Temperature Control in Underground Environments

Controlling temperature and dust is critical in mining and tunneling sites. Underground environments are especially challenging. Nephos industrial installations at the Alptransit site (The world's longest underground rail tunnel) allow an efficient reduction in temperature of  5-7°C on a volume of air of 170 cubic meters/second while dramatically reducing harmful particulate dust.

How it works:


Dust is generally hygroscopic, which means that its mass increases with the water it absorbs. Even a small amount of water is sufficient to cause dust particles to precipitate. The micro particles of water diffused in the air tend to lump the more or less fine dust together, and form clusters of bigger and bigger particles until drops are created. Dust itself triggers and encourages this process.


Nebulised water droplets capture, accumulate and drag the solid particles present in the air along with them to the ground. Their small size makes it possible to leverage the dipolar electric nature of the water molecule, attracting the electrostatically charged dust particles.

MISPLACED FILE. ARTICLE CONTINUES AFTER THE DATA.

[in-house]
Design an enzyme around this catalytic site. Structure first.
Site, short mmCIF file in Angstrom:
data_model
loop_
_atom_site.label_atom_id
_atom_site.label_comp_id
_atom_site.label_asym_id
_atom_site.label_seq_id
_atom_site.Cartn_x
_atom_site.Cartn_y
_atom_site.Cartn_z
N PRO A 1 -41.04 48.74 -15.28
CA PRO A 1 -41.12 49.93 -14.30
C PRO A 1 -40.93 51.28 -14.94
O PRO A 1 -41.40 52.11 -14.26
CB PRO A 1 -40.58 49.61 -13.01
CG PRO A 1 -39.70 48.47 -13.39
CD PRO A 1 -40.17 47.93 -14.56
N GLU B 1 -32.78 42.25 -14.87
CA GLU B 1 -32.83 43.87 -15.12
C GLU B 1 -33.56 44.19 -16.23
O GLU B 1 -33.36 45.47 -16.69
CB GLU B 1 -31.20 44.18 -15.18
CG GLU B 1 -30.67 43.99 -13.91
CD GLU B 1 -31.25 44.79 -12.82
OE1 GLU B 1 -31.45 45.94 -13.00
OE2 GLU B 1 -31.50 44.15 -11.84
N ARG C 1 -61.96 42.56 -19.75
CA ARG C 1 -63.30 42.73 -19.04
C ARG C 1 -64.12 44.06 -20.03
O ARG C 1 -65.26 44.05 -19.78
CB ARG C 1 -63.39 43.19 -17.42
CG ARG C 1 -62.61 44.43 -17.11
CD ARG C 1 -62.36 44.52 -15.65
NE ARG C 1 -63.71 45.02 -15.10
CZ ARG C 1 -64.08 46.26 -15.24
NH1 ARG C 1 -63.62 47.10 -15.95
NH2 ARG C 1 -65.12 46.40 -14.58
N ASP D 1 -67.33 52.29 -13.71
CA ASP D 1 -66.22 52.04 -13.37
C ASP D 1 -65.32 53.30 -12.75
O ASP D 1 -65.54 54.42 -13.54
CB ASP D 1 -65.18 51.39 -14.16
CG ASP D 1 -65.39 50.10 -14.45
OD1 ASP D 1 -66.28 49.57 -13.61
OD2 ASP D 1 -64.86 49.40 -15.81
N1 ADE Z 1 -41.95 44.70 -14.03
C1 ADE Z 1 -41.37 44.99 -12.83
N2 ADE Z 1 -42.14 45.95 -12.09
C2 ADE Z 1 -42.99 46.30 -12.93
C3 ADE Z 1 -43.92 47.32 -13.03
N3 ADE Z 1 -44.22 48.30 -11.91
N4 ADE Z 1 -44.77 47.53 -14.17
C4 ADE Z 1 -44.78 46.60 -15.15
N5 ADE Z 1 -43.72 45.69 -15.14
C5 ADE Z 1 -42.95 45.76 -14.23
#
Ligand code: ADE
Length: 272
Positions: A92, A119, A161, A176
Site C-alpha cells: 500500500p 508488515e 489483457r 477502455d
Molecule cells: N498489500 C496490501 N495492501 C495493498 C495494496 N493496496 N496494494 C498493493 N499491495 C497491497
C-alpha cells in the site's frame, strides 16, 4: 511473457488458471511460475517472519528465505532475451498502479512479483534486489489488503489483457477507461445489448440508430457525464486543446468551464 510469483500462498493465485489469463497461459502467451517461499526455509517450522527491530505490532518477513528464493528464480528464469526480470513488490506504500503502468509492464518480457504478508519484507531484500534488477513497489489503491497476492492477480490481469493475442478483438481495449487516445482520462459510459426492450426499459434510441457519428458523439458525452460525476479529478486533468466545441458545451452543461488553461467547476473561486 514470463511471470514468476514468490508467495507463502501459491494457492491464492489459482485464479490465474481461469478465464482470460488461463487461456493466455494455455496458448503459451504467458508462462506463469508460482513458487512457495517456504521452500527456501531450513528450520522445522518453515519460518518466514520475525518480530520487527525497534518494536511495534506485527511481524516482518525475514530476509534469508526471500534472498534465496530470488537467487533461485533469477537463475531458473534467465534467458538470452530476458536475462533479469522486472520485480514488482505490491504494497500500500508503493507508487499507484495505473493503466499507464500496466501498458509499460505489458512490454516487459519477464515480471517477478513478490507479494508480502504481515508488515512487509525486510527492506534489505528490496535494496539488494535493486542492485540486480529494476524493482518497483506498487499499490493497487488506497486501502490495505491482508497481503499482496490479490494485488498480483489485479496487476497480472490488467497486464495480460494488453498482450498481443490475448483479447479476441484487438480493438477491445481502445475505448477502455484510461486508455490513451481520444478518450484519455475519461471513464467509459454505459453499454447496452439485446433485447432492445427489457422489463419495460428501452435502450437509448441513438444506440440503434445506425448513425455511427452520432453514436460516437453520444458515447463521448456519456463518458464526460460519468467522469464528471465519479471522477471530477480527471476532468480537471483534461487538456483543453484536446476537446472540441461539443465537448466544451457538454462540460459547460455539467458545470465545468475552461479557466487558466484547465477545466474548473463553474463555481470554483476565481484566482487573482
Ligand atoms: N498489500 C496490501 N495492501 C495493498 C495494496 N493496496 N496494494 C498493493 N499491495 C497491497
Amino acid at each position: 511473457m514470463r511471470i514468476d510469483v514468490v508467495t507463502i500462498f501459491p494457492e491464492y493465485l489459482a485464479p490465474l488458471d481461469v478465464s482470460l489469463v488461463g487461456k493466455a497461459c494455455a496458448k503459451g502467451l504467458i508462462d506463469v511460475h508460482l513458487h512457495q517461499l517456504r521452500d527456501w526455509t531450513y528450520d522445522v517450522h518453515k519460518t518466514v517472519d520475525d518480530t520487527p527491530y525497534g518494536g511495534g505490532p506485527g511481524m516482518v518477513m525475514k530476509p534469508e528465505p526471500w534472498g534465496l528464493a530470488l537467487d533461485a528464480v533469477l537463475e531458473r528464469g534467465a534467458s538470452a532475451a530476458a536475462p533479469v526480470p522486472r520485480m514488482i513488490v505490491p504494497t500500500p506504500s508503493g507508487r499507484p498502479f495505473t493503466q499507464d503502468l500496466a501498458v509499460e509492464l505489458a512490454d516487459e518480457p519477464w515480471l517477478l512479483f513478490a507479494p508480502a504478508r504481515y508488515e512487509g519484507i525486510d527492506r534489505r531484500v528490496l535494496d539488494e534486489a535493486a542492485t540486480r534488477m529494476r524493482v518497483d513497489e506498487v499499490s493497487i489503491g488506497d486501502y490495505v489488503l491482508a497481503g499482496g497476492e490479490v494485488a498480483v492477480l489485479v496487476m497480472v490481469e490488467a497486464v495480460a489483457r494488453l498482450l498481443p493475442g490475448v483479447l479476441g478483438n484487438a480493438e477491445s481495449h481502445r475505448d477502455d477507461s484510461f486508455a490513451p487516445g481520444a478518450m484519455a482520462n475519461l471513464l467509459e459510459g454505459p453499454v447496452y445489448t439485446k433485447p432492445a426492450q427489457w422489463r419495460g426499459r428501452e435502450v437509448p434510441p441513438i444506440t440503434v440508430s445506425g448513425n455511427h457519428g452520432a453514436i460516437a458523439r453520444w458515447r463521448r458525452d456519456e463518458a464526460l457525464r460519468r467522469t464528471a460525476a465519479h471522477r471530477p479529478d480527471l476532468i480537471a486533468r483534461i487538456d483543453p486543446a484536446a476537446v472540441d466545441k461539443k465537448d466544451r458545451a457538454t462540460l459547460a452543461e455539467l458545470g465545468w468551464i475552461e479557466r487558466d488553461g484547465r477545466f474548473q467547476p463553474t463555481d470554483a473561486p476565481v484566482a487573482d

The negative ionization of nebulised water further reinforces the action of the electrostatic-hydraulic filter. Further, nebulisation exponentially improves the surface-to-volume ratio of the drops. In fact, a single drop of water with a diameter of 4 mm corresponds to 8 million nebulised droplets with a diameter of 20 microns creating a contact surface area as much as 200 times higher than a single drop. The formation of a blanket of fog thus makes it possible to achieve dramatic reduction of dust, to control and lower gaseous vapours and to cool off the environment. The overall quantity of water used is much less than spraying and creates a damp but not muddy floor to keep the dust from rising.